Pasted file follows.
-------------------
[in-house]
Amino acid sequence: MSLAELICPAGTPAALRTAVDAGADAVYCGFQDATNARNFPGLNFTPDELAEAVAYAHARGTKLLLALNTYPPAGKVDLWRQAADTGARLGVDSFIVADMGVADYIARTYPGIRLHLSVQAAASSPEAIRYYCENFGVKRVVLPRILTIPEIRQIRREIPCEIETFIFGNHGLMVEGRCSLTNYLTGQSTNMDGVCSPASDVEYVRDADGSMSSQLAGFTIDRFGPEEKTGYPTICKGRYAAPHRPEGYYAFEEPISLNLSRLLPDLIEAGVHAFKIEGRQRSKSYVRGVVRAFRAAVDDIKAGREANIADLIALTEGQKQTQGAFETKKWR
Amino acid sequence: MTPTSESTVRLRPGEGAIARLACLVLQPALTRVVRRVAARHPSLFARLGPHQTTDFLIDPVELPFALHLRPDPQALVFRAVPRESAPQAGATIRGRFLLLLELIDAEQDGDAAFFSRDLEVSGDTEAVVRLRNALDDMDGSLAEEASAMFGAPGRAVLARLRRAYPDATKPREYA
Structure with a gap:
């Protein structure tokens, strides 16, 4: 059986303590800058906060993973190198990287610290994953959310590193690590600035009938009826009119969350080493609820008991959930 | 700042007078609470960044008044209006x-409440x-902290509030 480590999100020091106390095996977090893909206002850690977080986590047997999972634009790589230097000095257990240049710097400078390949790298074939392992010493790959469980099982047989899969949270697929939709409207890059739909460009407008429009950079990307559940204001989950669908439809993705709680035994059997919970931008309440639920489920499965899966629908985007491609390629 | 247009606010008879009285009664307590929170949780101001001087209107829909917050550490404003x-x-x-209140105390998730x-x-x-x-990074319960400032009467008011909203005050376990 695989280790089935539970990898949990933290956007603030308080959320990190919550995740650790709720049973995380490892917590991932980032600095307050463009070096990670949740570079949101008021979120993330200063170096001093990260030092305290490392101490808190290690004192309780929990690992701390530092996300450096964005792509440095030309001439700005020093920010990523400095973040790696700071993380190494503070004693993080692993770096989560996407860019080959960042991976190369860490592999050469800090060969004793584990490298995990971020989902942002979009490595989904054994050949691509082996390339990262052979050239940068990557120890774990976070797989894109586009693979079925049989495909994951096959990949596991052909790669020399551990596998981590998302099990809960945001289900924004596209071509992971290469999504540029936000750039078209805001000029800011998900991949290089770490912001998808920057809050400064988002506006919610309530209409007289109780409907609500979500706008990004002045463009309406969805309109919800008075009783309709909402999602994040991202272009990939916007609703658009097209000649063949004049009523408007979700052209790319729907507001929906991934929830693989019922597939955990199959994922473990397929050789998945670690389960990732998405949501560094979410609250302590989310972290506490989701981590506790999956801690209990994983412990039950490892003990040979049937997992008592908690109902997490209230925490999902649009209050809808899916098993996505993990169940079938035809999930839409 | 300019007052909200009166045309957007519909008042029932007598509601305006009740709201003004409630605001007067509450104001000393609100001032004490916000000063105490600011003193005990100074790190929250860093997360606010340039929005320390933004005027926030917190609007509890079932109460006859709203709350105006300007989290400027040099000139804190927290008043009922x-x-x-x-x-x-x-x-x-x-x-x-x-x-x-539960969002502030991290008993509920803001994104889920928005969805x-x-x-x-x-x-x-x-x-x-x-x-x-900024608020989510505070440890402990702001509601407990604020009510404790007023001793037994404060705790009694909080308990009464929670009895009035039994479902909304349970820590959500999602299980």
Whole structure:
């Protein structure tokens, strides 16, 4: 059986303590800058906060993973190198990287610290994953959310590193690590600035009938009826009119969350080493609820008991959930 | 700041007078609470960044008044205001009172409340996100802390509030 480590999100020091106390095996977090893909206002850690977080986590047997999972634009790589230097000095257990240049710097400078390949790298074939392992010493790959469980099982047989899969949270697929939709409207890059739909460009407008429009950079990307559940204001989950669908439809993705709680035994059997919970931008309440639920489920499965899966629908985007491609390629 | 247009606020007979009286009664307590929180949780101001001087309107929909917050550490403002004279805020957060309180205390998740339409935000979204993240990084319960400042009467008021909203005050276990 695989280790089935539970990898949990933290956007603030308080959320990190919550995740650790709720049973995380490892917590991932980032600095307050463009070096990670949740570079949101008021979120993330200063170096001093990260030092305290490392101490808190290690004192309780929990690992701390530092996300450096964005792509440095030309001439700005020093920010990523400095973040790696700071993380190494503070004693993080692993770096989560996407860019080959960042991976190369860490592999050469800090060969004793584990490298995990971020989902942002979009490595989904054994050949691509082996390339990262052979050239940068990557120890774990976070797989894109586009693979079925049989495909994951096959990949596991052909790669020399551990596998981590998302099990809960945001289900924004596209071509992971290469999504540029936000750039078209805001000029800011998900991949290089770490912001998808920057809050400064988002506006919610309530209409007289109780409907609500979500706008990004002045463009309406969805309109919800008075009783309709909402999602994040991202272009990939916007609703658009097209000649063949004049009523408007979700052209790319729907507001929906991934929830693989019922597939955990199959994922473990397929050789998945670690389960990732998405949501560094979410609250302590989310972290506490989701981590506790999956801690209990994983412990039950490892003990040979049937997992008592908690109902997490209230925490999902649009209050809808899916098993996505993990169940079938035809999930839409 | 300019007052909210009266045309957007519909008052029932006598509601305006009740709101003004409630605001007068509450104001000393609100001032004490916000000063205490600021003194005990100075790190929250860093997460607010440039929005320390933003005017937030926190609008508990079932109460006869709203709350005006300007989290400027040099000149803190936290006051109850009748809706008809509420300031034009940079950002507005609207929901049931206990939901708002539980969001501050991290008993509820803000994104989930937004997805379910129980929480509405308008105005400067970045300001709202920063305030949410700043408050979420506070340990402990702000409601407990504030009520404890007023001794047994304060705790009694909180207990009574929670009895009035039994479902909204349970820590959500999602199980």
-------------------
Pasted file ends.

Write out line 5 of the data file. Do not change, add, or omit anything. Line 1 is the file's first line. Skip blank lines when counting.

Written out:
């Protein structure tokens, strides 16, 4: 059986303590800058906060993973190198990287610290994953959310590193690590600035009938009826009119969350080493609820008991959930 | 700042007078609470960044008044209006x-409440x-902290509030 480590999100020091106390095996977090893909206002850690977080986590047997999972634009790589230097000095257990240049710097400078390949790298074939392992010493790959469980099982047989899969949270697929939709409207890059739909460009407008429009950079990307559940204001989950669908439809993705709680035994059997919970931008309440639920489920499965899966629908985007491609390629 | 247009606010008879009285009664307590929170949780101001001087209107829909917050550490404003x-x-x-209140105390998730x-x-x-x-990074319960400032009467008011909203005050376990 695989280790089935539970990898949990933290956007603030308080959320990190919550995740650790709720049973995380490892917590991932980032600095307050463009070096990670949740570079949101008021979120993330200063170096001093990260030092305290490392101490808190290690004192309780929990690992701390530092996300450096964005792509440095030309001439700005020093920010990523400095973040790696700071993380190494503070004693993080692993770096989560996407860019080959960042991976190369860490592999050469800090060969004793584990490298995990971020989902942002979009490595989904054994050949691509082996390339990262052979050239940068990557120890774990976070797989894109586009693979079925049989495909994951096959990949596991052909790669020399551990596998981590998302099990809960945001289900924004596209071509992971290469999504540029936000750039078209805001000029800011998900991949290089770490912001998808920057809050400064988002506006919610309530209409007289109780409907609500979500706008990004002045463009309406969805309109919800008075009783309709909402999602994040991202272009990939916007609703658009097209000649063949004049009523408007979700052209790319729907507001929906991934929830693989019922597939955990199959994922473990397929050789998945670690389960990732998405949501560094979410609250302590989310972290506490989701981590506790999956801690209990994983412990039950490892003990040979049937997992008592908690109902997490209230925490999902649009209050809808899916098993996505993990169940079938035809999930839409 | 300019007052909200009166045309957007519909008042029932007598509601305006009740709201003004409630605001007067509450104001000393609100001032004490916000000063105490600011003193005990100074790190929250860093997360606010340039929005320390933004005027926030917190609007509890079932109460006859709203709350105006300007989290400027040099000139804190927290008043009922x-x-x-x-x-x-x-x-x-x-x-x-x-x-x-539960969002502030991290008993509920803001994104889920928005969805x-x-x-x-x-x-x-x-x-x-x-x-x-900024608020989510505070440890402990702001509601407990604020009510404790007023001793037994404060705790009694909080308990009464929670009895009035039994479902909304349970820590959500999602299980």